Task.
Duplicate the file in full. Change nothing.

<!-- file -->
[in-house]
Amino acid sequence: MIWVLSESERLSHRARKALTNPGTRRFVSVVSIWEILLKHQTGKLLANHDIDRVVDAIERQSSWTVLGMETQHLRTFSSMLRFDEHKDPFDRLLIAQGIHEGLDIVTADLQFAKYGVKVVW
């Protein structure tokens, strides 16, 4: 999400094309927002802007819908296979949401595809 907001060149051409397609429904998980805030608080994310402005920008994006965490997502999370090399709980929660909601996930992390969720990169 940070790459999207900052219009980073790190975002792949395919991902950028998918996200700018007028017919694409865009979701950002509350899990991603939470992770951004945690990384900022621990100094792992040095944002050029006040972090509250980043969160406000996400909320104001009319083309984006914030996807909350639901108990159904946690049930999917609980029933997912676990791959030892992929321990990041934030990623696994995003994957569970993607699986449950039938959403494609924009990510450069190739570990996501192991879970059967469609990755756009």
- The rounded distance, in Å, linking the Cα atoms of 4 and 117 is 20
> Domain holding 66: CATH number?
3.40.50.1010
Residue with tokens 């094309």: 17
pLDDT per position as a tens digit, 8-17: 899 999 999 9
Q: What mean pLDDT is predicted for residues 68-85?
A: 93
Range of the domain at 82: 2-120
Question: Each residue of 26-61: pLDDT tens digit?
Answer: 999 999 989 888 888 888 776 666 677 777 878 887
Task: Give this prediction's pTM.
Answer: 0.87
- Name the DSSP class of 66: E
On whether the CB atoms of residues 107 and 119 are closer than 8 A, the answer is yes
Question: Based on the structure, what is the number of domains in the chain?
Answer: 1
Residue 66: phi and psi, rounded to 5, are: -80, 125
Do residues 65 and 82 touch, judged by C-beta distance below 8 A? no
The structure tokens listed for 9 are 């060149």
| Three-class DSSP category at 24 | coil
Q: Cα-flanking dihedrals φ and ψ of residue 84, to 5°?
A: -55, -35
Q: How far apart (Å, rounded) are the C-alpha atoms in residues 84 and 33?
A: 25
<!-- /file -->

[in-house]
Amino acid sequence: MIWVLSESERLSHRARKALTNPGTRRFVSVVSIWEILLKHQTGKLLANHDIDRVVDAIERQSSWTVLGMETQHLRTFSSMLRFDEHKDPFDRLLIAQGIHEGLDIVTADLQFAKYGVKVVW
């Protein structure tokens, strides 16, 4: 999400094309927002802007819908296979949401595809 907001060149051409397609429904998980805030608080994310402005920008994006965490997502999370090399709980929660909601996930992390969720990169 940070790459999207900052219009980073790190975002792949395919991902950028998918996200700018007028017919694409865009979701950002509350899990991603939470992770951004945690990384900022621990100094792992040095944002050029006040972090509250980043969160406000996400909320104001009319083309984006914030996807909350639901108990159904946690049930999917609980029933997912676990791959030892992929321990990041934030990623696994995003994957569970993607699986449950039938959403494609924009990510450069190739570990996501192991879970059967469609990755756009």
- The rounded distance, in Å, linking the Cα atoms of 4 and 117 is 20
> Domain holding 66: CATH number?
3.40.50.1010
Residue with tokens 């094309």: 17
pLDDT per position as a tens digit, 8-17: 899 999 999 9
Q: What mean pLDDT is predicted for residues 68-85?
A: 93
Range of the domain at 82: 2-120
Question: Each residue of 26-61: pLDDT tens digit?
Answer: 999 999 989 888 888 888 776 666 677 777 878 887
Task: Give this prediction's pTM.
Answer: 0.87
- Name the DSSP class of 66: E
On whether the CB atoms of residues 107 and 119 are closer than 8 A, the answer is yes
Question: Based on the structure, what is the number of domains in the chain?
Answer: 1
Residue 66: phi and psi, rounded to 5, are: -80, 125
Do residues 65 and 82 touch, judged by C-beta distance below 8 A? no
The structure tokens listed for 9 are 């060149």
| Three-class DSSP category at 24 | coil
Q: Cα-flanking dihedrals φ and ψ of residue 84, to 5°?
A: -55, -35
Q: How far apart (Å, rounded) are the C-alpha atoms in residues 84 and 33?
A: 25